Grants aim to make a world of difference

Grants aim to make a world of difference

The Jewish Federation of Monmouth County announced grants to 11 organizations in Israel and Eastern Europe, each targeted to make a more visible impact in its overseas allocations.

The recipients — ranging from an outreach project for at-risk youth in Jerusalem to an Israel-based center for the gay and lesbian community — represented a shift in emphasis from general grants given to larger organizations to more tightly focused giving to specific programs.

Beginning in January, the federation’s Overseas Allocations Committee reviewed grant applications from prospective recipients. About a dozen volunteers helped to make the decisions, instead of the usual six or seven in past years.

The grants, totaling more than $110,000, are in addition to the “fair share” contributions made by the federation and administered by Jewish Federations of North America, that help fund institutions like the Jewish Agency for Israel, the American Jewish Joint Distribution Committee, and ORT.

“These grants were only part of our overall international effort for 2013,” said Manalapan resident Tony Kestler, the overseas allocation chair. For the targeted grants, Kestler explained, “we determined to provide social welfare services and critical needs to vulnerable populations in Israel. The committee was specifically interested in the number of lives our grants would touch.”

Six key areas were identified, he said: critical care to adults, foster care, critical care to vulnerable youth, special needs, youth village education, and hunger. Aid to two sister cities — Arad in Israel, and Budapest, Hungary — also was included, with those donations being facilitated by the Jewish Agency and the Joint Distribution Committee, respectively.

Some of the federation funding will go to the Crossroads Outreach Project. Executive director Robbie Sassoon said that social workers from the group are on the streets of downtown Jerusalem four to five nights every week, building relationships with “Anglo” teens who suffer from drug addictions, have minimal or no family support, and are engaging in self-destructive behaviors.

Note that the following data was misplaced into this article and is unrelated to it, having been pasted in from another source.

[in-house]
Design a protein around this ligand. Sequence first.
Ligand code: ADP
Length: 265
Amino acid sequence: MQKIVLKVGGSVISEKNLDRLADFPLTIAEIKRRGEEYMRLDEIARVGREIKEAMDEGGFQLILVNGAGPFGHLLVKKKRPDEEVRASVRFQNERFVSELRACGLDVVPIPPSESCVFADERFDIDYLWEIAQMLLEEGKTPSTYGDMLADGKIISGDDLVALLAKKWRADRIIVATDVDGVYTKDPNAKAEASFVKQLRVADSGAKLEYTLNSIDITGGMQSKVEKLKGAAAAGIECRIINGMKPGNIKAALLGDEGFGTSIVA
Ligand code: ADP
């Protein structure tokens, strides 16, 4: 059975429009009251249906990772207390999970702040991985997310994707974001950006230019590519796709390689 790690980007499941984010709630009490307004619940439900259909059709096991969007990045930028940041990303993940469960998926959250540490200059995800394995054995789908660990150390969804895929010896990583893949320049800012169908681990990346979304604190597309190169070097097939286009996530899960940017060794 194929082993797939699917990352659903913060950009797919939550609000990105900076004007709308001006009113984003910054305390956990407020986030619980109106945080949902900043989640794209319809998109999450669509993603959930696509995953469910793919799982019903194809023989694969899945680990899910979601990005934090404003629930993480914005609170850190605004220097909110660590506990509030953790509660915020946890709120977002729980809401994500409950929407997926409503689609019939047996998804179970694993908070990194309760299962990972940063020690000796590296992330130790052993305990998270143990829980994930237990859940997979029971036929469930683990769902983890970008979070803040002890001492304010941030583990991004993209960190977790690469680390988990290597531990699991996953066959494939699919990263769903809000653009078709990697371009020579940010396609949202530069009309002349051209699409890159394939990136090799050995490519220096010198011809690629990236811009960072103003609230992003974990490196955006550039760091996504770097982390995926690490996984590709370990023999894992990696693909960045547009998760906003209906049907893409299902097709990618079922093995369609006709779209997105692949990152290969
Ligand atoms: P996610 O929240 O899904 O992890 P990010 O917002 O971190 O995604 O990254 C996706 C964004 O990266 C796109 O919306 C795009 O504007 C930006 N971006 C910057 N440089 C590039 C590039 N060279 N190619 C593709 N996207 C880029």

The Monmouth federation funding “enables hundreds of teens who would have otherwise remained on the streets, to receive therapy, get their GEDs, go to college, go to the army, sign up for rehab, and reconnect with their families,” Sasson said. “For Crossroads, this funding means being able to connect with and save the lives of highly at-risk teens in Israel, who are not ready to reach out to professionals, but instead need Crossroads to reach out to them.”

Another grantee, the Jerusalem Open House for Pride and Tolerance, provides a range of support services for Jerusalem’s lesbian, gay, and transgender community. It also works “to secure LGBTQ rights in Israeli society at large,” said Zachary Cohen, the organization’s development director. Advancing a “message of equality and acceptance to all those that hold Jerusalem as a holy city,” Jerusalem Open House pays particular attention to combating suicide.

“This funding is greatly appreciated by our community, especially since it shows LGBTQ young people that they are not alone. There are whole communities throughout the world willing to support them,” Cohen said.

Manalapan resident Sheryl Grutman, the new president of the federation, has served on the Overseas Allocation Committee for more than seven years and was its immediate past chair.

“I love the process and the sense of accomplishment. It is particularly rewarding when I travel to see the dollars at work,” she said.

Ariella Lis Raviv, the federation’s director of community impact, coordinates the work of the all-volunteer allocations committee. She said the group is open to all community members and welcomes active participation.

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